The Rem Movement

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Poor old architecture. it's a thinker's discipline, pursued for the betterment of the world. But it gets no respect. There's not even a Nobel Prize for it. Architects have to make do with the Pritzker, not a million bucks like the big Ns, but a mere $100,000. There's no Nobel for painting either, but people with no understanding of art don't write ad hominem attacks in newspapers when they don't like your painting. Rem Koolhaas, the winner of this year's Pritzker, had that honor this year when, on the unveiling of his plans for the new Seattle Public Library in the U.S., a local editorial writer intoned: "I have this fantasy that Rem Koolhaas will wake up one morning and realize -- oops! -- he designed for Seattle the ugliest library in the world." Koolhaas is used to such words, although he professes not to understand them. He enjoys a reputation in architectural circles as the prince of the perverse. And it's partly because of it that he will become $100,000 richer on May 29 when the prize is handed out in Jerusalem.

The Pritzker jury wanted to mark the year 2000 by choosing an architect who represented the future. Koolhaas, who rose to fame through his writing long before he had a built canon of any depth, represents exactly that. Two of his books, Delirious New York and S,M,L,XL, are talismans for young architects looking for a vision. "I think I'm a new typology for this prize," says Koolhaas. "I don't think they ever gave it to an architect who is also a writer and who also has a life next to architecture." He's talking partly about his intensive studies at Harvard University, aimed at watching cities change -- or, as he calls it, "the mutation of the urban condition." The resulting books -- one on the Pearl River Delta in China, which has the fastest growing population in the world, and The Harvard Design School Guide to Shopping, on the effect of shopping on cities -- will be out in November. He and his students are also looking at Lagos, the capital of Nigeria.

The Dutch-born Koolhaas is relentlessly global, with a home base at his Office for Metropolitan Architecture (OMA) in Rotterdam and projects and activities around the world. He generally divides his time into two weeks there and one week of travel. He might be spending more time away soon, because he plans to open a blue sky office in the U.S., in collaboration with several other architects. He wants it to be a laboratory of pure architectural thought. "There's currently an enormous need for architectural thinking that doesn't result in a building," he says. "About the identities of companies, about organizations, about strategic operations -- almost architectural thinking in its pure form."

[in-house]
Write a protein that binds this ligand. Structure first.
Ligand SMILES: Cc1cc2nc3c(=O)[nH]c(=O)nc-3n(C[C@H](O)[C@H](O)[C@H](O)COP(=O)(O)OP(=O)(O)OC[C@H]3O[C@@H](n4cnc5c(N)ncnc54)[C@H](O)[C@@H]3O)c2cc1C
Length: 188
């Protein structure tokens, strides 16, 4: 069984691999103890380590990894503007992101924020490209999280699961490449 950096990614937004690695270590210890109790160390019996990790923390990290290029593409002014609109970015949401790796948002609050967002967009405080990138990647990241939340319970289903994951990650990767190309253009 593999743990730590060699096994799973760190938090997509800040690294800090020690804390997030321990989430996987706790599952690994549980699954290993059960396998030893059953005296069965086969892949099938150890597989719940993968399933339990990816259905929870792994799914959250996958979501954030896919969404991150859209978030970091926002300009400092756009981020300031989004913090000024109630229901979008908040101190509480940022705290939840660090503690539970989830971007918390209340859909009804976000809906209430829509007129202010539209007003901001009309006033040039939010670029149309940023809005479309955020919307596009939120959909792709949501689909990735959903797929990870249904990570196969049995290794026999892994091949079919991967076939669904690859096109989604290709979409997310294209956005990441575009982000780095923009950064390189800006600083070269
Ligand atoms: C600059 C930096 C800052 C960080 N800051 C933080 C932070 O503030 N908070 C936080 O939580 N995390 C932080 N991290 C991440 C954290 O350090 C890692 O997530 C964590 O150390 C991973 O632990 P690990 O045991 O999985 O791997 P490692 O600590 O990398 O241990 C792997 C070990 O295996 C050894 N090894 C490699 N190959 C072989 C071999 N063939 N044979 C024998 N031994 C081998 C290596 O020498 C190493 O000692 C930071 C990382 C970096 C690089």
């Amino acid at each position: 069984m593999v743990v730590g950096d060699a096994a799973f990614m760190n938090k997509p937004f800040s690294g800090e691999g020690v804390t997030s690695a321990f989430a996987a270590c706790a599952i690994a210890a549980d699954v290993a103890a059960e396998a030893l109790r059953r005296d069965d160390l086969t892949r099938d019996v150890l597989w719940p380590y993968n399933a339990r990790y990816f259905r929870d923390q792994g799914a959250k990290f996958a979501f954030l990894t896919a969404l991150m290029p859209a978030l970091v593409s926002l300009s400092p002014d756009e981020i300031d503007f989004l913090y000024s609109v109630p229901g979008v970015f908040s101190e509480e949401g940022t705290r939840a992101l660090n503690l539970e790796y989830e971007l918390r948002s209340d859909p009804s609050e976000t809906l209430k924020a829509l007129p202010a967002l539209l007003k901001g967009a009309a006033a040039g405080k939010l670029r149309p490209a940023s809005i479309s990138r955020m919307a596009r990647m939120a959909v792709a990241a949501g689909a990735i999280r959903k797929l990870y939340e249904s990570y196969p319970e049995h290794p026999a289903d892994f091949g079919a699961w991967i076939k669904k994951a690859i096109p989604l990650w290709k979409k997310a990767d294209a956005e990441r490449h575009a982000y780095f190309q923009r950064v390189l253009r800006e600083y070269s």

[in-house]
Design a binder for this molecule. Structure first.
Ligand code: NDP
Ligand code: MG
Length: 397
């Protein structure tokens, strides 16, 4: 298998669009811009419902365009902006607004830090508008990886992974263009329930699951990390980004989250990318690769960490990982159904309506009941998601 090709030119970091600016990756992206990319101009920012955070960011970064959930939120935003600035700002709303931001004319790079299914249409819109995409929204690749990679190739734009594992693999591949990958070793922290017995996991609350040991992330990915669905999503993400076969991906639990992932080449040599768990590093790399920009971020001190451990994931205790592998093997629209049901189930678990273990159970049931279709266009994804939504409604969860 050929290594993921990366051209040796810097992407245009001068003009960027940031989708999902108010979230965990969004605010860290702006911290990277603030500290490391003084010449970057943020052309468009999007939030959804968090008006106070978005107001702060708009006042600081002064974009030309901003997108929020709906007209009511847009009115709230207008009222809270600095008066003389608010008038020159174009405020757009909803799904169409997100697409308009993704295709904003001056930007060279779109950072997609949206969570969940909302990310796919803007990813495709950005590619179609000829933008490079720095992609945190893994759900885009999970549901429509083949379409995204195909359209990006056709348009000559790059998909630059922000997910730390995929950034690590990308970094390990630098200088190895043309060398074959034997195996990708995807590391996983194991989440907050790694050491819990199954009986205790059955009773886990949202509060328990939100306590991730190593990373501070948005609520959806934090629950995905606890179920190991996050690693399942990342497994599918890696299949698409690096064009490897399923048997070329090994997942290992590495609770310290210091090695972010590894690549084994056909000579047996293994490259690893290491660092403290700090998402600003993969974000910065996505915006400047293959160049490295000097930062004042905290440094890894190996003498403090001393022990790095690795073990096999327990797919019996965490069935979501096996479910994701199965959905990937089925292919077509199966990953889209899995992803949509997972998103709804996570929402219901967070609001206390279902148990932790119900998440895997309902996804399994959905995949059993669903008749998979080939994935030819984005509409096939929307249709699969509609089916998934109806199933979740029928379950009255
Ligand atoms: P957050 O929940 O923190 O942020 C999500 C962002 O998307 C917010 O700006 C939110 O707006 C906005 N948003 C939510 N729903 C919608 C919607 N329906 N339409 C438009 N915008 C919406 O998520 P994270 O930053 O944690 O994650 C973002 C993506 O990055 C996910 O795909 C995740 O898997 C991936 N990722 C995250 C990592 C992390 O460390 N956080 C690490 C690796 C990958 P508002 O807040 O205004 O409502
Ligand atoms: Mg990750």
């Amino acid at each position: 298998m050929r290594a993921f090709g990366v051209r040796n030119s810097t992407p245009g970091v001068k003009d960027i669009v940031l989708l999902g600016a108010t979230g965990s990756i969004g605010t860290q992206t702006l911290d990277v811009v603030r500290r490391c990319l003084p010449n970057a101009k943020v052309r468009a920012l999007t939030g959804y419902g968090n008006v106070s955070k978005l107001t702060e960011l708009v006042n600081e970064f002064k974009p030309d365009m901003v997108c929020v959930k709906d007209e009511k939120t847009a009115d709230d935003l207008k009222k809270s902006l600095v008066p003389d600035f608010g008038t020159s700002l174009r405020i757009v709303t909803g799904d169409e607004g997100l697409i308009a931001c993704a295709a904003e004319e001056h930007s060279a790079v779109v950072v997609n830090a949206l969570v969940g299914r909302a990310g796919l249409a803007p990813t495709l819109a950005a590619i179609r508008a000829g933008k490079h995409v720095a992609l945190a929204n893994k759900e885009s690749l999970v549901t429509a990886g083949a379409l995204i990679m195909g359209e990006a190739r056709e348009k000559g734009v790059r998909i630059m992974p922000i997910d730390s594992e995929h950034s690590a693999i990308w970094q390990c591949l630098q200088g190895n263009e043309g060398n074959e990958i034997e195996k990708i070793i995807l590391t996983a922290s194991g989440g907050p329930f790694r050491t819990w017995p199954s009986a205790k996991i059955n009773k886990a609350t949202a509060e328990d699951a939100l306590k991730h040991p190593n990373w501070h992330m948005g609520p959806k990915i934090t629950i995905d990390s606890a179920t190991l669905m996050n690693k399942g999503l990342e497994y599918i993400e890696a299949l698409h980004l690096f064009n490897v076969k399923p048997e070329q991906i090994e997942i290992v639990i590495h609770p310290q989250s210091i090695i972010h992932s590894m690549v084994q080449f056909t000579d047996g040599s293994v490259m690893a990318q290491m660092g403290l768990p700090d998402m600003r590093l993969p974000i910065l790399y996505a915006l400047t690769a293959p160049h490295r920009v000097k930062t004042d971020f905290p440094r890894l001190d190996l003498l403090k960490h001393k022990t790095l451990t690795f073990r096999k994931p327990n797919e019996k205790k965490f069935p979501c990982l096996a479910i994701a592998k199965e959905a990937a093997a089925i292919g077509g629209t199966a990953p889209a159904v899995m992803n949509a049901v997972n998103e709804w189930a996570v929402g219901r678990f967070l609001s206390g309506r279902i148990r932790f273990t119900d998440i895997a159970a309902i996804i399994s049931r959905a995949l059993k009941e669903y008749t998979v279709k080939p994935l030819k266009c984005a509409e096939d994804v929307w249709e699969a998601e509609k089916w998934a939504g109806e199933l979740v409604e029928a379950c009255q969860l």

Koolhaas is vastly more media-savvy than most architects. He knows that the arcane architectural language and connect-the-dots academic ephemera that fill his books only go so far among the media, or their clients -- and his -- the public. So he has learned to be multilingual: he speaks to architects, to clients and to the press, even when they're shrill editorial writers.

And finally, while architects have a reputation for being control freaks, Koolhaas often collaborates. He worked with a number of architects on a set of buildings associated with the Channel Tunnel train station in Lille, France. He's currently working on a hotel in New York City with the Swiss firm Herzog & de Meuron.

Koolhaas has changed architecture in many ways, and the pluralism of these pursuits is one of his important legacies. Master builder is no longer an apt job description for architects; they're more like oracles, who can assess the present and address the future, with a design if necessary. The Pritzker, says Koolhaas, is an acknowledgment of that.

Of course, architects must build, and Koolhaas currently has many projects on the go. Besides the Seattle library and the New York hotel, there's a new student union at the Illinois Institute of Technology, the Dutch Embassy in Berlin and Prada stores in the U.S. And although hype surrounds him, he has proved himself worthy. His Maison Bordeaux, built for a newspaper editor in a wheelchair and his family, is a stunningly compassionate and ingenious building. Its signature feature is the slab of floor, flanked on one side by a bookshelf, that can be hydraulically lifted to any of the three stories of the house, thus completing that floor and making the editor's disability the cause of his mastery of the home. Had he done this building alone, said the Pritzker jury, "his niche in the history of architecture would have been secure." Add his other work, "and you have a talent of extraordinary dimensions revealed."

His work in Lille shows an acute understanding of circulation and scale: he can think about a grand plan for that city and he can bring finesse to a tiny detail on the stair of the Grand Palais he designed. And he's proud, in fact, of the library in Seattle. It's a series of suspended platforms each dedicated to a different function of the library, and all wrapped in a copper skin which is also load-bearing.

Architecture, in the end, is open to public criticism because it is a public service. The disparate strands of Koolhaas' practice of architecture -- the many worlds he visits in order to pursue ideas about how now to build the world -- all point that way. Perhaps it should have been a Nobel category after all.

With reporting by Daniel S. Levy/New York